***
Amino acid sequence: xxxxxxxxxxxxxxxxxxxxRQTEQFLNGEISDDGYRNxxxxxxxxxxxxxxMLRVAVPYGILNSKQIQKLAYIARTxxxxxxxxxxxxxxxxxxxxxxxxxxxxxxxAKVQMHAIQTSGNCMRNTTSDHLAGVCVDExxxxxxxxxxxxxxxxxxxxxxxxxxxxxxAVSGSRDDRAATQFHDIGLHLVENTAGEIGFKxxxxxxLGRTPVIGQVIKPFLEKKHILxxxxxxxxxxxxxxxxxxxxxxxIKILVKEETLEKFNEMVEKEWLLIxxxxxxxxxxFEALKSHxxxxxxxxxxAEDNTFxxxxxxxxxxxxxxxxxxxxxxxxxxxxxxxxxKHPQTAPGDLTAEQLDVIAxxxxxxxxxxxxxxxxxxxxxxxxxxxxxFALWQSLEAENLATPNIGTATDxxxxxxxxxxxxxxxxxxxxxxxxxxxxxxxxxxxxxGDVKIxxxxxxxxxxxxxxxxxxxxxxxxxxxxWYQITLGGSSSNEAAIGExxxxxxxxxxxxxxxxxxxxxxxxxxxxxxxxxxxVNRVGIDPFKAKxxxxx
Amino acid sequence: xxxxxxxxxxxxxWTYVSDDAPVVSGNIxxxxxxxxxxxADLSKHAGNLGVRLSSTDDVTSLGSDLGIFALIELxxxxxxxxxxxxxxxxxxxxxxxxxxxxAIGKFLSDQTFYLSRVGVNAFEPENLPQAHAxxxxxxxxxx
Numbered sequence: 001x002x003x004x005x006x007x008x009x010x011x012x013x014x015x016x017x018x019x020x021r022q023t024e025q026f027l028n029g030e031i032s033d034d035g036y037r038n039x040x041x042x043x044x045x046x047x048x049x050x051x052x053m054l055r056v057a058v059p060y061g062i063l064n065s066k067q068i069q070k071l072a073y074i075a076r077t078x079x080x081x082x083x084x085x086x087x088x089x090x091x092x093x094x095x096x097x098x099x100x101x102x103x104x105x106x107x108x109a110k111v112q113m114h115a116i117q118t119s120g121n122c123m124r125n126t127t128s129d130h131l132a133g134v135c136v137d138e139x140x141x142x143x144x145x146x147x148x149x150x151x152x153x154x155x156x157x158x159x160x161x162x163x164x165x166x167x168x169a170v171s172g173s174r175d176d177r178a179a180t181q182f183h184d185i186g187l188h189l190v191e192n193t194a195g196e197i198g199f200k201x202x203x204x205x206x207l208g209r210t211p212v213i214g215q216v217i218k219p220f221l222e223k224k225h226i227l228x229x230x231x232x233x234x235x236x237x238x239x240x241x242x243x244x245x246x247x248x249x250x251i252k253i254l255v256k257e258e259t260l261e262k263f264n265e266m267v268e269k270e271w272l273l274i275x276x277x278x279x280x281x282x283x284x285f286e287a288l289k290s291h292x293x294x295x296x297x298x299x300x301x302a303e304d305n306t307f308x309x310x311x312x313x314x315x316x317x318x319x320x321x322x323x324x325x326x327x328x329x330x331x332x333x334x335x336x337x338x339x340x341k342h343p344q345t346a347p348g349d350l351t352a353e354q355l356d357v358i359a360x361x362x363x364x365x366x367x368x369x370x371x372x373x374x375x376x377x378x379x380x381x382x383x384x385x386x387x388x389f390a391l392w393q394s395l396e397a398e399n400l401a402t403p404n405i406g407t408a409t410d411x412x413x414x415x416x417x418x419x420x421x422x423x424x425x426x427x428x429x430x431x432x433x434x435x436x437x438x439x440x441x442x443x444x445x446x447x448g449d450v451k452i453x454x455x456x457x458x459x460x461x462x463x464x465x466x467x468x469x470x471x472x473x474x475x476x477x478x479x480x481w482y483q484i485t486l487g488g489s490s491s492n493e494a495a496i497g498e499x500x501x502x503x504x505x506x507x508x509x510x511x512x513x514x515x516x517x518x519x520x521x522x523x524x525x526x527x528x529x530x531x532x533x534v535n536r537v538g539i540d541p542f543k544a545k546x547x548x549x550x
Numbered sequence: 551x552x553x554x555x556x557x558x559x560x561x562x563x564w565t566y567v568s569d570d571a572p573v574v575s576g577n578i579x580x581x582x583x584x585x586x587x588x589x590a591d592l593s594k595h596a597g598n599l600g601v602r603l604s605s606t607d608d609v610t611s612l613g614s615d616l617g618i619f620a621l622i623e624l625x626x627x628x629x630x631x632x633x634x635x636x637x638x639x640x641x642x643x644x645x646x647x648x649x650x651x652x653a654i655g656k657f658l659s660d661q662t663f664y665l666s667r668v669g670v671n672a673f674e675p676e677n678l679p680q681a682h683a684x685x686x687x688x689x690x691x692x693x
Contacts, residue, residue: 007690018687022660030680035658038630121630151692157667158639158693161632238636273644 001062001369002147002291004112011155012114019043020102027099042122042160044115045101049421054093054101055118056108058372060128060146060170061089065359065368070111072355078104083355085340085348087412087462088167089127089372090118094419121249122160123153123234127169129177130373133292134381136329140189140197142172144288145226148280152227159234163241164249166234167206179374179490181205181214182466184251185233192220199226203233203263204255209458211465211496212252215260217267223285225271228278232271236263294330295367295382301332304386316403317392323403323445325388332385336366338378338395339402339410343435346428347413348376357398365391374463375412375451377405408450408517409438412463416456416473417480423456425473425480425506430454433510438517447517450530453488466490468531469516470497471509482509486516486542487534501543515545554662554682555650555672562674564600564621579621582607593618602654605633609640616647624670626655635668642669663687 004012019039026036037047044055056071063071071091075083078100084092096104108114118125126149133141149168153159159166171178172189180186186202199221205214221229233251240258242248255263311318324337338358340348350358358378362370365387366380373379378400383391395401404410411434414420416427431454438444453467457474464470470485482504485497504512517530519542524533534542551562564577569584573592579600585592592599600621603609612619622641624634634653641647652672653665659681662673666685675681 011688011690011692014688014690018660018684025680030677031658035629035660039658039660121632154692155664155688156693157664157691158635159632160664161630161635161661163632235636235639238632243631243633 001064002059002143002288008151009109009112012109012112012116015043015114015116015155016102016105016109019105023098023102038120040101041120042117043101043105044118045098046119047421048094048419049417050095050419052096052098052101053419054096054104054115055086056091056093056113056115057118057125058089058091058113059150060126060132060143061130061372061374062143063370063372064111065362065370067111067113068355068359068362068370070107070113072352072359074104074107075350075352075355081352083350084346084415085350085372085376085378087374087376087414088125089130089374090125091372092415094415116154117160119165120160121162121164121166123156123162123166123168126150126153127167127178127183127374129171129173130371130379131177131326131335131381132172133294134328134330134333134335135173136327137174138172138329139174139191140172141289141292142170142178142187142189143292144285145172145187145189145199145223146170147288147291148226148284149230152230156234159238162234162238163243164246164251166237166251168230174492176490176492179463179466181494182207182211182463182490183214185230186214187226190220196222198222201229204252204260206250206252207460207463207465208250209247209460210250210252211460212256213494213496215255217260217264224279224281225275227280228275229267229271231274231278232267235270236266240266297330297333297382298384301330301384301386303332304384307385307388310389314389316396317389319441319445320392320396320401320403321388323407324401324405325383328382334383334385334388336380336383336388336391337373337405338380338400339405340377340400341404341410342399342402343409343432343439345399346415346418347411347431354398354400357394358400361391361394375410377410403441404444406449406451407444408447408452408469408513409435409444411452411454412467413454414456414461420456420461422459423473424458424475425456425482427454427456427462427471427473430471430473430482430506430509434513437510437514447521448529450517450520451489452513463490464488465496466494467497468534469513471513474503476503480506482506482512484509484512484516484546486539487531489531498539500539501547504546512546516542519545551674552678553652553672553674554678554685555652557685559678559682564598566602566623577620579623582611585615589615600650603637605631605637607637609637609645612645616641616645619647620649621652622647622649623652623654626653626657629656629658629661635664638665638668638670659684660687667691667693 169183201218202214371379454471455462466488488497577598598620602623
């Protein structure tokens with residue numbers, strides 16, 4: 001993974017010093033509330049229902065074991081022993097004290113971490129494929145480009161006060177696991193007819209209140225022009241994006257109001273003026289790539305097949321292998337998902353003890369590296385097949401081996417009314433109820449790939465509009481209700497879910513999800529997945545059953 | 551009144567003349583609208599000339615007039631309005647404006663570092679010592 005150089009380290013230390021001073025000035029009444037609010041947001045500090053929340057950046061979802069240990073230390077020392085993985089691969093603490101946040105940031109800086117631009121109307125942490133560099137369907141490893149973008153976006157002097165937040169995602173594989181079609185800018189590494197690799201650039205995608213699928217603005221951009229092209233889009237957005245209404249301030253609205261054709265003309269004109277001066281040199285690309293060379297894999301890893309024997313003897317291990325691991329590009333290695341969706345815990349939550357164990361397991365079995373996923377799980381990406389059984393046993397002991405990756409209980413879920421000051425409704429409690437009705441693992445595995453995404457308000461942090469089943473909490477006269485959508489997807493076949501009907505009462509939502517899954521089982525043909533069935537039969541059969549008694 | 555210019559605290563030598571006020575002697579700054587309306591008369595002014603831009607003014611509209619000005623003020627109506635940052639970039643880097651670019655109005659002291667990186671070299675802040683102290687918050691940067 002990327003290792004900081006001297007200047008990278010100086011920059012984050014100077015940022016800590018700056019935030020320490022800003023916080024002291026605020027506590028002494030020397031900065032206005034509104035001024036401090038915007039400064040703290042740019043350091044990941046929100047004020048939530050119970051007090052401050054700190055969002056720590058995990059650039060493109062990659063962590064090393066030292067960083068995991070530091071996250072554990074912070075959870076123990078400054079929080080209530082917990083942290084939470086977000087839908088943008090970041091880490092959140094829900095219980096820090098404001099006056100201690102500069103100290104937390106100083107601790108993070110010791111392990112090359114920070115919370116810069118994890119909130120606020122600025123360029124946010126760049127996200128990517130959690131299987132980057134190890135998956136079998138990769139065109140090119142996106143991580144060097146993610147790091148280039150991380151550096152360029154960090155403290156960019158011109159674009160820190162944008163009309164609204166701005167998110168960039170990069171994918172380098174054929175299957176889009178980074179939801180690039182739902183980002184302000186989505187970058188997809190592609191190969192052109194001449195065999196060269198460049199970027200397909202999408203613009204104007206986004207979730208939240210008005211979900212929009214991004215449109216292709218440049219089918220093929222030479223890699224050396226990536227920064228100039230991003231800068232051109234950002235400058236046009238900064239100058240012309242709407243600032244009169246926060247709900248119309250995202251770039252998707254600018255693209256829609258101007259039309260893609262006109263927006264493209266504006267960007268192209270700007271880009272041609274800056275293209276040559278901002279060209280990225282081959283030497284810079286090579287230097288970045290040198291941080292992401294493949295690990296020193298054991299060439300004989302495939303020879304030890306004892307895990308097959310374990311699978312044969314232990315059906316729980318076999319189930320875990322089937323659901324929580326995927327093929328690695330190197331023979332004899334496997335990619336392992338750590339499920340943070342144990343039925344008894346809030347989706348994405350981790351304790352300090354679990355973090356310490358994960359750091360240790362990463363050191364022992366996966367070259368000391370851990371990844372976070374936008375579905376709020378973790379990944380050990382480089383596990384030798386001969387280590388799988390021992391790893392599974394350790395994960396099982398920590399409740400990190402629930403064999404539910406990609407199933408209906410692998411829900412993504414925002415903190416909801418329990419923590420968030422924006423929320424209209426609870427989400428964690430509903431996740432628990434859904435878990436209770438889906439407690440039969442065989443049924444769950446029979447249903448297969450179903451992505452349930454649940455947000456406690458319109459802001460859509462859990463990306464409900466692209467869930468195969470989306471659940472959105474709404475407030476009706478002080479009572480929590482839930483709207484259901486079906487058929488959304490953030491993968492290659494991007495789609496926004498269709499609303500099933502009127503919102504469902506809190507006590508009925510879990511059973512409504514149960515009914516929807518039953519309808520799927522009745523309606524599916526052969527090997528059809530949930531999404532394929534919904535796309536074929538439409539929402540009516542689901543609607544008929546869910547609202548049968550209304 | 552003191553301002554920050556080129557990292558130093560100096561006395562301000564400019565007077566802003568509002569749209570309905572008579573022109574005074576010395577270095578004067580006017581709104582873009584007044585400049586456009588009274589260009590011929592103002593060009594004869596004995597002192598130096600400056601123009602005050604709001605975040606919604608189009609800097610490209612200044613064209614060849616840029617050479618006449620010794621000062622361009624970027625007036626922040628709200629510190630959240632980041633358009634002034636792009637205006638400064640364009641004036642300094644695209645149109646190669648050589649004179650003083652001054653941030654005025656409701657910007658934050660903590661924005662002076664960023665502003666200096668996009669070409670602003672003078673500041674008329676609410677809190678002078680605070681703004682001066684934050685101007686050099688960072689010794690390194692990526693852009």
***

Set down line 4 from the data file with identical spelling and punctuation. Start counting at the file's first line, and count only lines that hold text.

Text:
Numbered sequence: 551x552x553x554x555x556x557x558x559x560x561x562x563x564w565t566y567v568s569d570d571a572p573v574v575s576g577n578i579x580x581x582x583x584x585x586x587x588x589x590a591d592l593s594k595h596a597g598n599l600g601v602r603l604s605s606t607d608d609v610t611s612l613g614s615d616l617g618i619f620a621l622i623e624l625x626x627x628x629x630x631x632x633x634x635x636x637x638x639x640x641x642x643x644x645x646x647x648x649x650x651x652x653a654i655g656k657f658l659s660d661q662t663f664y665l666s667r668v669g670v671n672a673f674e675p676e677n678l679p680q681a682h683a684x685x686x687x688x689x690x691x692x693x